A woman is at home in an isolated house by the sea. It is night, and she sits on the terrace. When a car turns in toward the house, the woman gets a gun. When she hears her husband's voice, she puts the gun away – until later. This is the opening of Ariel Dorfman's play about Paulina Salas, an imagined survivor of political violence by the former military government of her Latin American country. Under that regime she was kidnapped, secretly detained, repeatedly raped, and otherwise tortured. Paulina's husband Gerardo Escobar is a distinguished lawyer; Paulina surmises correctly that her husband has agreed to head a truth commission that will investigate those – and only those – human rights violations that ended in death; those that are, as the play describes them, “beyond repair.” Because Paulina survived her torture, her story will not be heard and her case will not be investigated.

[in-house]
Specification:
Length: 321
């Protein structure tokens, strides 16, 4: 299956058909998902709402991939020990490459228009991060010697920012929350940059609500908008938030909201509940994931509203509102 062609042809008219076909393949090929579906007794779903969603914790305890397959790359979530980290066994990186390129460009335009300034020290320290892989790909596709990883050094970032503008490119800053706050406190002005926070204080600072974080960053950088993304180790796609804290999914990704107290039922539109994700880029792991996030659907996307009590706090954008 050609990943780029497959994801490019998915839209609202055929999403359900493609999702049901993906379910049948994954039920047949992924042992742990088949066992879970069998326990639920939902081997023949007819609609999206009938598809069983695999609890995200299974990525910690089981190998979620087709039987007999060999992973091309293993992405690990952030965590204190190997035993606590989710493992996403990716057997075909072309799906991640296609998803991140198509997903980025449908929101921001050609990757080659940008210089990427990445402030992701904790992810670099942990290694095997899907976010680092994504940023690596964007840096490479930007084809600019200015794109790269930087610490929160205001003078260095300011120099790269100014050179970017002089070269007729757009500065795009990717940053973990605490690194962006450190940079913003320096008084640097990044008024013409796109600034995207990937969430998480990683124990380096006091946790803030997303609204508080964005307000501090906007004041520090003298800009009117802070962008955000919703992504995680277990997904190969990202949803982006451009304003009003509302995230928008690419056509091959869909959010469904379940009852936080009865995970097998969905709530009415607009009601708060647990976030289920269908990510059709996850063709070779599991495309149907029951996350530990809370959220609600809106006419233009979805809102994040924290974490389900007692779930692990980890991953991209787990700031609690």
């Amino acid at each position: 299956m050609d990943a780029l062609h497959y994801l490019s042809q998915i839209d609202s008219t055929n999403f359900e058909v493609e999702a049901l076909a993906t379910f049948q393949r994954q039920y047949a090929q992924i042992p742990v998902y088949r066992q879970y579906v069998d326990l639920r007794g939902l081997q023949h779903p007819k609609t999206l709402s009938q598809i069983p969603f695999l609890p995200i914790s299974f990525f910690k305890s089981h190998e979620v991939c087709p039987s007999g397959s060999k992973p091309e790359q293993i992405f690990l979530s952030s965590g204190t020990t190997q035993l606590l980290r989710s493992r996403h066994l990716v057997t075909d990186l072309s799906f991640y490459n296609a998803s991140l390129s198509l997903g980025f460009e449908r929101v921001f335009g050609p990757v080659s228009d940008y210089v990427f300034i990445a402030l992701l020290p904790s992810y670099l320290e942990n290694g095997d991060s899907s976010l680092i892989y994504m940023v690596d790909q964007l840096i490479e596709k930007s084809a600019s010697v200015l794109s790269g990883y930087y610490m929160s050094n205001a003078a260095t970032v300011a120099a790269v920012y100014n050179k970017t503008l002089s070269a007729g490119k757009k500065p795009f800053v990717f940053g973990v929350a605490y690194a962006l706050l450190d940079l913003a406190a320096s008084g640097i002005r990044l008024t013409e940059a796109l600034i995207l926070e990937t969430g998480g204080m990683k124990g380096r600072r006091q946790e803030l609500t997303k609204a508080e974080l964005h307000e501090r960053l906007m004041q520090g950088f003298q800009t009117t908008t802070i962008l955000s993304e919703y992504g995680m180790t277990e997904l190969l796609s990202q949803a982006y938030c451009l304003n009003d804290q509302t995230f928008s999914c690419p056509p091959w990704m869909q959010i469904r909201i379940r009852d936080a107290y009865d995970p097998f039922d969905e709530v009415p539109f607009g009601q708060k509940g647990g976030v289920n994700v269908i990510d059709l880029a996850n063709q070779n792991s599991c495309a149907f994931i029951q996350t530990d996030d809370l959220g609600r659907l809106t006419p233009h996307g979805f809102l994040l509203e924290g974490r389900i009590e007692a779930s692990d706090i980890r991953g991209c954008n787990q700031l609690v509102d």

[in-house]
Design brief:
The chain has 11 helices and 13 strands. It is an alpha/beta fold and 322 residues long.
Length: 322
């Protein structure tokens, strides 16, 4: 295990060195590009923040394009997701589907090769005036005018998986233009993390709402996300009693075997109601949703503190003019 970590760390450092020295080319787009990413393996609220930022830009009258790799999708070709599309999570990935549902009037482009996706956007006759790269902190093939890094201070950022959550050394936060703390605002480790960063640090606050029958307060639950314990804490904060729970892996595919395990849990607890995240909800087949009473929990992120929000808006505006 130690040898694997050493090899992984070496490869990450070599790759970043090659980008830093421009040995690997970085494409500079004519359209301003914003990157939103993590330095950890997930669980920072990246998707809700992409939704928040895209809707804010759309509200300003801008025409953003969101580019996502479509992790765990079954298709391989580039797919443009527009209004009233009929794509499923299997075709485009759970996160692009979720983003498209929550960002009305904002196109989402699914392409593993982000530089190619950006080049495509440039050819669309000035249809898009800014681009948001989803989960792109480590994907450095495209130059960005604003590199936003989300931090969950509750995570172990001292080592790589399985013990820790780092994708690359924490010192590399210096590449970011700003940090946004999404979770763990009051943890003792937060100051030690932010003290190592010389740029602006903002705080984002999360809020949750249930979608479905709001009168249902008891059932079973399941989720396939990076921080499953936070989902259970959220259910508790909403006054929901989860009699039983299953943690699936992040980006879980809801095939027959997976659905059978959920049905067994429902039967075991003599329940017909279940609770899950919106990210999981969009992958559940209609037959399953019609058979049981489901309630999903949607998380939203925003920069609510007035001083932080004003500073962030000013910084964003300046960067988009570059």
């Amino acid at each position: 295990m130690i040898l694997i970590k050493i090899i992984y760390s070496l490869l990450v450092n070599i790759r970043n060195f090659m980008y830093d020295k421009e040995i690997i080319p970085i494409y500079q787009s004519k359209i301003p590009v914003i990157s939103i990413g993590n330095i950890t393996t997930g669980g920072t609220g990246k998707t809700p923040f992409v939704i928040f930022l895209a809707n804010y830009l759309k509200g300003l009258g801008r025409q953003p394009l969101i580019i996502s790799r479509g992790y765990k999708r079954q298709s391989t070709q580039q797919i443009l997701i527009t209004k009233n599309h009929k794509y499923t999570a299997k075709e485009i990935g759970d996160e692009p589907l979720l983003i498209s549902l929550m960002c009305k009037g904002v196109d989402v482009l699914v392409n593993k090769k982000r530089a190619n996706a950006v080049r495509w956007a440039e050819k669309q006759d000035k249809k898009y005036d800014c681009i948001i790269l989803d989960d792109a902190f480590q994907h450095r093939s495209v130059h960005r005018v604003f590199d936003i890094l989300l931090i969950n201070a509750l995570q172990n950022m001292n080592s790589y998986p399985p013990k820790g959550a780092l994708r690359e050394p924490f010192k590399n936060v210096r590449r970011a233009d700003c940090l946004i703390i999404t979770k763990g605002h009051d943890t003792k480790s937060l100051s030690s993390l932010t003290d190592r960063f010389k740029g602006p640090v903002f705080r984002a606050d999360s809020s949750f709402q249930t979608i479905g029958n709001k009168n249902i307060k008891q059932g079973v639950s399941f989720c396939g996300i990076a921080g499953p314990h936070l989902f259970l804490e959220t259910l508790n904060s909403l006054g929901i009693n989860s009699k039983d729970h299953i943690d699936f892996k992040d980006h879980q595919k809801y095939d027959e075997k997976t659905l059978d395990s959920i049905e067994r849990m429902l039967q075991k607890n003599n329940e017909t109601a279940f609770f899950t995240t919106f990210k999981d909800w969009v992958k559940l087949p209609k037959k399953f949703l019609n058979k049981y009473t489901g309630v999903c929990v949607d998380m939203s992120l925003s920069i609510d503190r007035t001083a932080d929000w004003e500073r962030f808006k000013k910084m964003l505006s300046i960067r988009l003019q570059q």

Gerardo, who, returning home in a rainstorm, had a flat tire on the highway, invites the stranger who drove him home to stay the night. Paulina believes this “good Samaritan” is the physician who raped her and presided over her torture when she was kidnapped and held in detention by the state. Paulina believes she recognizes his voice and phrases, and, when she gets closer, his scent. While Gerardo sleeps, Paulina takes Dr. Roberto Miranda captive; she knocks him unconscious, binds him to a chair, mocks and humiliates him with sexual taunts, and proceeds to interrogate him and terrorize him with threats of death if he does not confess.